What is the key to longevity? Some believe it’s purely genetics—that your fate and your destiny are sealed at birth, passed down from the generations before you. Some believe it’s the purity of your thoughts and actions when dealing with everything that life throws at you. And some believe that a healthy lifestyle combined with the adage, “Laughter is the best medicine” is the best approach.
Perhaps there is no one conclusive answer. But studies have shown that people who become lonely and cut off from other people—perhaps by the death of a spouse or some other circumstance—are far more likely to decline rapidly than those who remain connected and active. “Engagement is the key to aging well,” says Jeanie Gander, director of sales and marketing at Westminster-Canterbury. “When you have a community where people come together it’s much easier for them to participate and try new things; they stay more engaged. If you’re not physically active, if you’re not socially engaged, you become isolated; you decline and don’t age well.”
Westminster-Canterbury offers several programs to keep their residents active and thoughtful. Since the community is located right on the beach, they can provide instruction on things like paddle boarding and other water activities. They offer forums that provide an environment of continuing education. They have spiritual programming that offers bible studies and more. They regularly go on excursions to places like Williamsburg, the Boardwalk Art Show, new exhibits at local museums and the symphony. They do group “family” activities such as picnics and barbecues. The residents participate in a ton of volunteer work for local schools and nonprofits. And they even have a resident who helps plan trips for them. According to Gander, they’ve been to Cuba, Machu Picchu, river cruises in Europe, an African safari and more.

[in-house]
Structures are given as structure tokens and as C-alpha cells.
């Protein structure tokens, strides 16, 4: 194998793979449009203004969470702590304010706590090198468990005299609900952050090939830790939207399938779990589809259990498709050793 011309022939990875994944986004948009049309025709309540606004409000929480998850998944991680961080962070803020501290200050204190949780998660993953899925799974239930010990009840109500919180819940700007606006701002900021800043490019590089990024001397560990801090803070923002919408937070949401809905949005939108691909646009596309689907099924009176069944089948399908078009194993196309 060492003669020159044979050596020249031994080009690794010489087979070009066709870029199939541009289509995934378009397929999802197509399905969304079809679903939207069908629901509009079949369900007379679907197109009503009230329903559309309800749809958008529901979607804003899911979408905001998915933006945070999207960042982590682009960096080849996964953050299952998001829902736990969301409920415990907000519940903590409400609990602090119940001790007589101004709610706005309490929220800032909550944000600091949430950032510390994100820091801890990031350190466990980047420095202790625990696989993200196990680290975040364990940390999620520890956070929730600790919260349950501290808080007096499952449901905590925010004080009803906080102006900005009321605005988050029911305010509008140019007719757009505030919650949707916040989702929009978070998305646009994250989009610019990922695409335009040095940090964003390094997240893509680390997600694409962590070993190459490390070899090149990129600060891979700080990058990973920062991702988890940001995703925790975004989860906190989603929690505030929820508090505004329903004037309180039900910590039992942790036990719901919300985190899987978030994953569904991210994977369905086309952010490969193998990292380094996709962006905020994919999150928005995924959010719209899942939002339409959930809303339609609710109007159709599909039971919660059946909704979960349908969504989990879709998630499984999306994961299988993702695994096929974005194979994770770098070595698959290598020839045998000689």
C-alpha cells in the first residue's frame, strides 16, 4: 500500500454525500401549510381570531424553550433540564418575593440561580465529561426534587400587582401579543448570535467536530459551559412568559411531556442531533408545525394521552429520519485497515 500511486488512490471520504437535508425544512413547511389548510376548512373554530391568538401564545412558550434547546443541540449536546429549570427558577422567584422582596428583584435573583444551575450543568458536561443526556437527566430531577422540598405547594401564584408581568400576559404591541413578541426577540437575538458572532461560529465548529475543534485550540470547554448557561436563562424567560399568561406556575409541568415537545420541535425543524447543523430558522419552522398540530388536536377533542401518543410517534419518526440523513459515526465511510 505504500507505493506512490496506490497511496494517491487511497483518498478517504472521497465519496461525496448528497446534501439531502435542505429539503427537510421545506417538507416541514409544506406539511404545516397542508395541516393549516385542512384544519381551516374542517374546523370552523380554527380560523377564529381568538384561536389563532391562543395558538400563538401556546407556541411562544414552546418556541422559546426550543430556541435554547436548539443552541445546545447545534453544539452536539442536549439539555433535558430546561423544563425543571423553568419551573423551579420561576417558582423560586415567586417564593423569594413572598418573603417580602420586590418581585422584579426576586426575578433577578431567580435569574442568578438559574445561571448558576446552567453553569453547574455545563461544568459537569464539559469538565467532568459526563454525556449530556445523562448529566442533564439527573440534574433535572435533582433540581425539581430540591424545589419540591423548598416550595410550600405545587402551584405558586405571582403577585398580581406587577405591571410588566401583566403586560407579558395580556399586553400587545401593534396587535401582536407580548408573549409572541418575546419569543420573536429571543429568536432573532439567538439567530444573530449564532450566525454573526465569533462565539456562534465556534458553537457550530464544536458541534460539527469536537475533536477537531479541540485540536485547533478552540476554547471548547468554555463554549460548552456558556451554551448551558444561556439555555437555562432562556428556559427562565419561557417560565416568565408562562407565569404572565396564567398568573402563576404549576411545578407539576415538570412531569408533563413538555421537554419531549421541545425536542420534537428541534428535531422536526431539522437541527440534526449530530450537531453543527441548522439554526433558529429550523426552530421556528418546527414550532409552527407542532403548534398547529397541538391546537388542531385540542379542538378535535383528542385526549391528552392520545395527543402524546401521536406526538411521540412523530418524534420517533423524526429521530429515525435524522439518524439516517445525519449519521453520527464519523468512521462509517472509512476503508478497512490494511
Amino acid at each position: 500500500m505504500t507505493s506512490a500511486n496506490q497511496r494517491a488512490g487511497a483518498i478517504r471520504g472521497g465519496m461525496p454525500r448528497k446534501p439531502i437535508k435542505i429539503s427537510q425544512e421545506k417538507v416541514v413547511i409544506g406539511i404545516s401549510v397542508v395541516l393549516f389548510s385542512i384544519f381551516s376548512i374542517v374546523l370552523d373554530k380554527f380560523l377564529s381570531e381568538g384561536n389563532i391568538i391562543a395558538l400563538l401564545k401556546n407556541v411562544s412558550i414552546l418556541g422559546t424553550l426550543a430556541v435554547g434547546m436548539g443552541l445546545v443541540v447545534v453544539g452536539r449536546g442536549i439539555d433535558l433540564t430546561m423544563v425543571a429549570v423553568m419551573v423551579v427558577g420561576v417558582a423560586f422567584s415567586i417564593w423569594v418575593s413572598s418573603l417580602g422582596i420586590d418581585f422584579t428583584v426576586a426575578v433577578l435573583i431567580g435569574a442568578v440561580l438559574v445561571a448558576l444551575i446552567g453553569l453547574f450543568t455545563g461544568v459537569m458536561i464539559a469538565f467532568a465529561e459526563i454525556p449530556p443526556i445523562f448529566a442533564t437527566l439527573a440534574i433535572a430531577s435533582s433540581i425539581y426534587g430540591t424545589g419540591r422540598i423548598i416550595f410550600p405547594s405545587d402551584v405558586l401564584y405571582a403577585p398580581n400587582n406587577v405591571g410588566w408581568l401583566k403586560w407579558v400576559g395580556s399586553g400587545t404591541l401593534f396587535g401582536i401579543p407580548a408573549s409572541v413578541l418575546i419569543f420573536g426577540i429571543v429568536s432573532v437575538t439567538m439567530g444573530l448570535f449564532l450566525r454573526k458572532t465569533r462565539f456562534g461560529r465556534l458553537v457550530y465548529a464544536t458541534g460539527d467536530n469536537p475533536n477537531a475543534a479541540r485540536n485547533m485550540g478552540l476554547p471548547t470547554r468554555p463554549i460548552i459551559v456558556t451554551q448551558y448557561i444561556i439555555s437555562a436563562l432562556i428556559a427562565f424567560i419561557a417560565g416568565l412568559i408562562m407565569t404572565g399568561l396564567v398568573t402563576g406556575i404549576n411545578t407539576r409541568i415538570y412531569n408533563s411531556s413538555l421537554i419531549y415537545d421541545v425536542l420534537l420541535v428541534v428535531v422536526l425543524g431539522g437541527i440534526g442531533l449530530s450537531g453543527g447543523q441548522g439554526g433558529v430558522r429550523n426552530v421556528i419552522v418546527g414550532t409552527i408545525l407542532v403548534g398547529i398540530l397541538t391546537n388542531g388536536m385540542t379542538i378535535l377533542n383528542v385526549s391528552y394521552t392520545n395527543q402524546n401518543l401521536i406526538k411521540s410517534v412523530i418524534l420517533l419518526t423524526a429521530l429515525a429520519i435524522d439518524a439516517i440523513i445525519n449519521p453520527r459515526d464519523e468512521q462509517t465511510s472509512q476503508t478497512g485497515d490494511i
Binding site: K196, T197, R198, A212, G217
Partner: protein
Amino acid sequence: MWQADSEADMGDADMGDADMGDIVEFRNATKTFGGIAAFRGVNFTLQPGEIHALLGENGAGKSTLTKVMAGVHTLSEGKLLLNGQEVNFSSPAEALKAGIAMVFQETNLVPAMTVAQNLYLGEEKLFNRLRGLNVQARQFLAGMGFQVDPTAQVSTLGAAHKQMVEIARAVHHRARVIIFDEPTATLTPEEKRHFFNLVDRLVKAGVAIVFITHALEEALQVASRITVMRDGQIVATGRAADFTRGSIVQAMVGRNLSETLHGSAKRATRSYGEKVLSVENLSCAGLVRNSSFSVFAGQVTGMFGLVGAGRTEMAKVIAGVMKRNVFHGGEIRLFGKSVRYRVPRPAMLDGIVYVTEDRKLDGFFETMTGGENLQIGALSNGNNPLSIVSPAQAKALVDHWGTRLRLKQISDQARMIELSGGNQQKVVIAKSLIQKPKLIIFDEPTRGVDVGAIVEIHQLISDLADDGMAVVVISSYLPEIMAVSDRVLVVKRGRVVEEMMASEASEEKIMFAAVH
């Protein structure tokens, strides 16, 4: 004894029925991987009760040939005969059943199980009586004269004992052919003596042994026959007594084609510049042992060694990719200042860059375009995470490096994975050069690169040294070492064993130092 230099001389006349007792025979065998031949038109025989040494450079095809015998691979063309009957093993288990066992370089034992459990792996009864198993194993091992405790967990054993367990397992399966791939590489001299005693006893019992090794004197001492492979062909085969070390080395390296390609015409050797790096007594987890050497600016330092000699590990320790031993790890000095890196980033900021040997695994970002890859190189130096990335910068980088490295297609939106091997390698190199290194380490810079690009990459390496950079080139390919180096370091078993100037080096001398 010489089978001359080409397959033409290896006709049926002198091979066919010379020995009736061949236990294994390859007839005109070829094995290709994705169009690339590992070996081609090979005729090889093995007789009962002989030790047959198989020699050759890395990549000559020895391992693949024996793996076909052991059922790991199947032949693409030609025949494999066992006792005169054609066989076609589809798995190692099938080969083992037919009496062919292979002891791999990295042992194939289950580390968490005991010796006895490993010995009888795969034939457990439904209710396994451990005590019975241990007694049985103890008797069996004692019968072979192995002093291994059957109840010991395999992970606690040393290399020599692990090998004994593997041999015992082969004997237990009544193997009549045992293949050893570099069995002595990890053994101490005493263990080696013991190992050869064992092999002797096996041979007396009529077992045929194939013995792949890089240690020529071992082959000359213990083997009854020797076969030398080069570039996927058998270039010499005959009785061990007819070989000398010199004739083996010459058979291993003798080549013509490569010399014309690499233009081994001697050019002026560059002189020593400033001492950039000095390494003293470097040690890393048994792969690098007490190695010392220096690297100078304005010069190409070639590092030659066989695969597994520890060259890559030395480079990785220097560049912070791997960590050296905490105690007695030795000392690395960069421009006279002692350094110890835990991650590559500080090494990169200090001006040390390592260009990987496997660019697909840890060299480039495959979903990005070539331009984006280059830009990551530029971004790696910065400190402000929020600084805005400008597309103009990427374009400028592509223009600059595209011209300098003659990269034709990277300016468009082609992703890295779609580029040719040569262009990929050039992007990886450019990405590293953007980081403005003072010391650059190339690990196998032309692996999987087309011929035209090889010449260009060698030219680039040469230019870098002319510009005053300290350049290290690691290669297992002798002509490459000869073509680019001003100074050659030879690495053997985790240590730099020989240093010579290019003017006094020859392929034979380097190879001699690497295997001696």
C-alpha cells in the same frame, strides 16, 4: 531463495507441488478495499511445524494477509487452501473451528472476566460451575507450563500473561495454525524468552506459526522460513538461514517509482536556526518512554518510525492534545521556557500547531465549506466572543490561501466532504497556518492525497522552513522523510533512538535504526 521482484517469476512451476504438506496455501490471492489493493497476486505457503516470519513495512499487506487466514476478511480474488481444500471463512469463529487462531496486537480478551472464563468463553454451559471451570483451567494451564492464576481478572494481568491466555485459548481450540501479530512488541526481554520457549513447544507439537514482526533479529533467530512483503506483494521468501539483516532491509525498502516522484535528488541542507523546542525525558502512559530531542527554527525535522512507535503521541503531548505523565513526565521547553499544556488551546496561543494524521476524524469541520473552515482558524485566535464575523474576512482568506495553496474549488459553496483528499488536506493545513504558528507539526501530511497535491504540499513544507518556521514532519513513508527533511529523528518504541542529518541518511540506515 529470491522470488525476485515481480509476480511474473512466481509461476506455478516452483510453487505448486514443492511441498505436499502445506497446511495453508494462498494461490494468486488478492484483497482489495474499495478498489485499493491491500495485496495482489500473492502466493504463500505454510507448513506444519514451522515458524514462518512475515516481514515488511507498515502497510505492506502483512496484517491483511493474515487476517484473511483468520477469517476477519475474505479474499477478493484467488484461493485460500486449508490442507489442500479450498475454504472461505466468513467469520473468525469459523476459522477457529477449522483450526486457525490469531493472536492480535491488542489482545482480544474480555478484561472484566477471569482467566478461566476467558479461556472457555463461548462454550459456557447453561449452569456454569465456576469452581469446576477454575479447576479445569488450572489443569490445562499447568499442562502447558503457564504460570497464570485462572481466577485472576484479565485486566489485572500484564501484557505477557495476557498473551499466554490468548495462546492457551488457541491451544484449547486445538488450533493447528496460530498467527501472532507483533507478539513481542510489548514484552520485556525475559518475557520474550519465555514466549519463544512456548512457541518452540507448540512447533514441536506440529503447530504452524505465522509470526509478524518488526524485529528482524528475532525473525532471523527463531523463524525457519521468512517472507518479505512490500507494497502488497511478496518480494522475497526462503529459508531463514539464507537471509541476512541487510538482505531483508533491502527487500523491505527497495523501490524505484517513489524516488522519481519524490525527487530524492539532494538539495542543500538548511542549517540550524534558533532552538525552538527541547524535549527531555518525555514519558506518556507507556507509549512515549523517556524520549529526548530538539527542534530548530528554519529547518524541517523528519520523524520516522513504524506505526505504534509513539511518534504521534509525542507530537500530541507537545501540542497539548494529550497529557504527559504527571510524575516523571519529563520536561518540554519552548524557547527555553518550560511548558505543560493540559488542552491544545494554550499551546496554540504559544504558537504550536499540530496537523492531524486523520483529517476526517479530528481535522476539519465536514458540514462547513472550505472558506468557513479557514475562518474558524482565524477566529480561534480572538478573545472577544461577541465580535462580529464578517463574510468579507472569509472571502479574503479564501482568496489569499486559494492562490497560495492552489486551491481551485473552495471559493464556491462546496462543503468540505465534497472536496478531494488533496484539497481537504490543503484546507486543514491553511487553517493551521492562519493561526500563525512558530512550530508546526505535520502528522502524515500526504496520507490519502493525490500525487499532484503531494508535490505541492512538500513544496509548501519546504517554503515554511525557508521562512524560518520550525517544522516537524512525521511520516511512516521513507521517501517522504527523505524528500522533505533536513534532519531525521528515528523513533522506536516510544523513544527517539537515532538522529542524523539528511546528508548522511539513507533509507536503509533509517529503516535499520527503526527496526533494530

“All they have to do is write a check, pack and bring their passport,” she says. “Somebody else is taking care of guided tours and all the planning. When they aren’t here, we lock their door and take care of protecting their home while they’re gone. When they come back, we’re going to be here to prepare a beautiful meal for them. It makes it super easy for residents to stay active with different groups of people.”
If someone you know is interested in being included in such a healthy and active lifestyle, the time to think about joining a retirement community is while you’re still active and able-bodied. “Eighty percent of our population is independent, and they had to join our community while they were still healthy,” says Gander. “There are admission requirements to become a resident, and individuals must be able to live independently when they move to Westminster-Canterbury. If they cannot, it’s too late, and we have to turn them away, meaning they must pursue other options because they waited too long. Once here, residents have access to ‘assisted living’ and ‘nursing care,’ but they must come to us while they are still independent and can enjoy all we offer. While residents appreciate security and care for the future, in the end they all say they wished they moved here sooner because of the convenient lifestyle and the abundance of ways to stay engaged.”